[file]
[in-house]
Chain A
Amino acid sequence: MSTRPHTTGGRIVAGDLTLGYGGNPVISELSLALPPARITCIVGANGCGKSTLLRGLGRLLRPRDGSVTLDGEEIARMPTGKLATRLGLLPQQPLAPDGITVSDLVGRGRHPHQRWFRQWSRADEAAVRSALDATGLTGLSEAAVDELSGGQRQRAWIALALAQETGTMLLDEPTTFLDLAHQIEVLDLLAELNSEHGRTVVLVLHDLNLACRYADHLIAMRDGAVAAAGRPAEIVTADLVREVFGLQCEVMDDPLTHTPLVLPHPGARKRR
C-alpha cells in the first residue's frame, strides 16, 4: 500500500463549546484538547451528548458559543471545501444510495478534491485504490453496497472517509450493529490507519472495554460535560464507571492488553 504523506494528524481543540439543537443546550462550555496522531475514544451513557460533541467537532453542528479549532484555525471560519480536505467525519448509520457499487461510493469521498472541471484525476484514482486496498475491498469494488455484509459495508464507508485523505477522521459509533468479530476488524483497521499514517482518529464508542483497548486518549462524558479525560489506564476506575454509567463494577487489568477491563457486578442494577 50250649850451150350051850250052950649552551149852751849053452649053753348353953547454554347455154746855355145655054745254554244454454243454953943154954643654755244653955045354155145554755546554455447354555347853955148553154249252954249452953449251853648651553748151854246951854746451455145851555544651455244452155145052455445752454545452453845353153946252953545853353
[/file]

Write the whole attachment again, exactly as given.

[in-house]
Chain A
Amino acid sequence: MSTRPHTTGGRIVAGDLTLGYGGNPVISELSLALPPARITCIVGANGCGKSTLLRGLGRLLRPRDGSVTLDGEEIARMPTGKLATRLGLLPQQPLAPDGITVSDLVGRGRHPHQRWFRQWSRADEAAVRSALDATGLTGLSEAAVDELSGGQRQRAWIALALAQETGTMLLDEPTTFLDLAHQIEVLDLLAELNSEHGRTVVLVLHDLNLACRYADHLIAMRDGAVAAAGRPAEIVTADLVREVFGLQCEVMDDPLTHTPLVLPHPGARKRR
C-alpha cells in the first residue's frame, strides 16, 4: 500500500463549546484538547451528548458559543471545501444510495478534491485504490453496497472517509450493529490507519472495554460535560464507571492488553 504523506494528524481543540439543537443546550462550555496522531475514544451513557460533541467537532453542528479549532484555525471560519480536505467525519448509520457499487461510493469521498472541471484525476484514482486496498475491498469494488455484509459495508464507508485523505477522521459509533468479530476488524483497521499514517482518529464508542483497548486518549462524558479525560489506564476506575454509567463494577487489568477491563457486578442494577 50250649850451150350051850250052950649552551149852751849053452649053753348353953547454554347455154746855355145655054745254554244454454243454953943154954643654755244653955045354155145554755546554455447354555347853955148553154249252954249452953449251853648651553748151854246951854746451455145851555544651455244452155145052455445752454545452453845353153946252953545853353